Established in 2020 Wednesday, June 12, 2024


New insights on the role of nucleon exchange in nuclear fusion
Shaded outlines of calcium-40 and ytterbium-176 nuclei (40Ca+176Yb) as they collide, leading to fusion, with nucleon currents for neutrons in blue and protons in red. Image courtesy: Sait Umar.



NASHVILLE, TN.- Low-energy nuclear fusion reactions can potentially provide clean energy. In stars, low-energy fusion reactions during the stages of carbon and oxygen burning are critical to stellar evolution. These reactions also offer valuable insights into the exotic processes occurring in the inner crust of neutron stars as they accumulate matter.

However, scientists do not fully understand the underlying dynamics governing these reactions. The key to unlocking the fusion process is understanding how nucleons move between the two fusing nuclei. As the nuclei draw close enough for the nuclear forces to become effective, neutrons and protons can migrate from one nucleus to another. This movement potentially eases the fusion process.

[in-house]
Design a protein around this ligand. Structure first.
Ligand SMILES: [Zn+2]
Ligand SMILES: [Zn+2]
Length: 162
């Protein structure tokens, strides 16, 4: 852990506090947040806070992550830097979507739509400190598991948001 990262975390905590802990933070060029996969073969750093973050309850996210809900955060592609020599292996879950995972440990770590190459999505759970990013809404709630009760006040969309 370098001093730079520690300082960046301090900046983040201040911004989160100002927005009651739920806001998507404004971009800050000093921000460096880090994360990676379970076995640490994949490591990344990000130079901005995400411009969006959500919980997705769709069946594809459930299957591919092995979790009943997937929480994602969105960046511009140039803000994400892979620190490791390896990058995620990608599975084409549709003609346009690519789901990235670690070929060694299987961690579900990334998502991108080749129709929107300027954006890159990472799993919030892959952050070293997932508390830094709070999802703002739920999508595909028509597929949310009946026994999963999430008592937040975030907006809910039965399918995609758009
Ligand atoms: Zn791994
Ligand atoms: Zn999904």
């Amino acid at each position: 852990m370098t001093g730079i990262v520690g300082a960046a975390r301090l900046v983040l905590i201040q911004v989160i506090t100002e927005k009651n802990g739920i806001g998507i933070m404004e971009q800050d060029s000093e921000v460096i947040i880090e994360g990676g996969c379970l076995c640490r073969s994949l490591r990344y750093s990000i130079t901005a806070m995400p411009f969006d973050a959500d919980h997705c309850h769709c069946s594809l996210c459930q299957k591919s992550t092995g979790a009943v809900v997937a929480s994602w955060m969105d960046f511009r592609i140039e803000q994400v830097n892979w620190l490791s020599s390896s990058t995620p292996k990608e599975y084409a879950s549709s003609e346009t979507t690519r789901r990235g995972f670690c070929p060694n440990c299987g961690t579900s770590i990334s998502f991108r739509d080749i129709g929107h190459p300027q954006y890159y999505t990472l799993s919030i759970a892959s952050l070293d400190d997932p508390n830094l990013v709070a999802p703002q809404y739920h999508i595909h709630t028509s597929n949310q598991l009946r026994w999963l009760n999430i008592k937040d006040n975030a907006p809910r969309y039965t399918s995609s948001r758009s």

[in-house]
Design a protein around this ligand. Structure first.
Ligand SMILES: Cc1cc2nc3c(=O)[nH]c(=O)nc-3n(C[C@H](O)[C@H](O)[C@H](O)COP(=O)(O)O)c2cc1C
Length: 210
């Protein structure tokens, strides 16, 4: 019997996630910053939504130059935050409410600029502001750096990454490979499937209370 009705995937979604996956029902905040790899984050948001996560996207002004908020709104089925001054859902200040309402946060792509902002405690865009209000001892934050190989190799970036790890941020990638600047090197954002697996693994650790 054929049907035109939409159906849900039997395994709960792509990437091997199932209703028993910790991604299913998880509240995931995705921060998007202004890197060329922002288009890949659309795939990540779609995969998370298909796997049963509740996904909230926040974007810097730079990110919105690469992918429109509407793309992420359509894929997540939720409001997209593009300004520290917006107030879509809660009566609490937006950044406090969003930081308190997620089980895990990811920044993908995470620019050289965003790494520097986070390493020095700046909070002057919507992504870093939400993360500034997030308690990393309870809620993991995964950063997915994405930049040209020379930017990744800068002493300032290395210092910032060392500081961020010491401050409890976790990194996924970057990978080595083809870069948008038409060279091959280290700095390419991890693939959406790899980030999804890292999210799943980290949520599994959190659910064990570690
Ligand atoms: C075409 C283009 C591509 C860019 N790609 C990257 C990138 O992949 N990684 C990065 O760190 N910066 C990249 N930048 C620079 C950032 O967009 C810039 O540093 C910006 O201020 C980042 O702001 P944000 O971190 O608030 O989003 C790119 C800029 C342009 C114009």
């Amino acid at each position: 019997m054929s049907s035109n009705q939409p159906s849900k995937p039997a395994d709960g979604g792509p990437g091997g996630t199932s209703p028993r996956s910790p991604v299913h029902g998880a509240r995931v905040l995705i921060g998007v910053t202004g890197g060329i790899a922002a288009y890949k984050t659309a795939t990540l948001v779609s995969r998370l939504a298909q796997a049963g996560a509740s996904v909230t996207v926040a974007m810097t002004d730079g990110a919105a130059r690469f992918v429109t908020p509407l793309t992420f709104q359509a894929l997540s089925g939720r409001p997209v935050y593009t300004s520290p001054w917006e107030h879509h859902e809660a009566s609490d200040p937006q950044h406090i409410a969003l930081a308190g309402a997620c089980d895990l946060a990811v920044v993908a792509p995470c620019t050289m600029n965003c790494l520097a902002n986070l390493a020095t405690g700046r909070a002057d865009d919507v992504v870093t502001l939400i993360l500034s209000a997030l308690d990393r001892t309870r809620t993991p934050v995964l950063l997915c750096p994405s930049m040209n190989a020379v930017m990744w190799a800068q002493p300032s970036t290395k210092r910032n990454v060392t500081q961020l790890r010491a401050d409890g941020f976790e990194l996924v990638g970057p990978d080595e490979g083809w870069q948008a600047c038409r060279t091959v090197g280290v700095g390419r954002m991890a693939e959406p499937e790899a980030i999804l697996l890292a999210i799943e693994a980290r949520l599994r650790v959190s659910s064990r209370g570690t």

A recent study has explored the influence on low-energy fusion processes of isospin composition. This is a key nuclear property that differentiates protons from neutrons. The researchers used computational techniques and theoretical modeling to investigate the fusion of different nuclei with varying isospin configurations. The results show that the isospin composition of the nuclei in a fusion reaction plays a crucial role in understanding the reaction. The paper is published in the journal Physical Review C.

In this study, researchers at Fisk University and Vanderbilt University used high-performance computational and theoretical modeling techniques to conduct a detailed many-body method study of how the dynamics of isospin influence nuclear fusion at low energies across a series of isotopes. The study also examined how the shape of the nuclei involved affect these dynamics. In systems where the nuclei are not symmetrical, the dynamics of isospin become particularly important, often leading to a lowered fusion barrier, especially in systems rich in neutrons. This phenomenon can be explored using facilities that specialize in the generation of beams composed of exotic, unstable nuclei.

The findings provide critical knowledge regarding the fundamental nuclear processes governing these reactions, which have broad implications for fields such as nuclear physics, astrophysics, and, perhaps someday, fusion-based energy.







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New insights on the role of nucleon exchange in nuclear fusion



 


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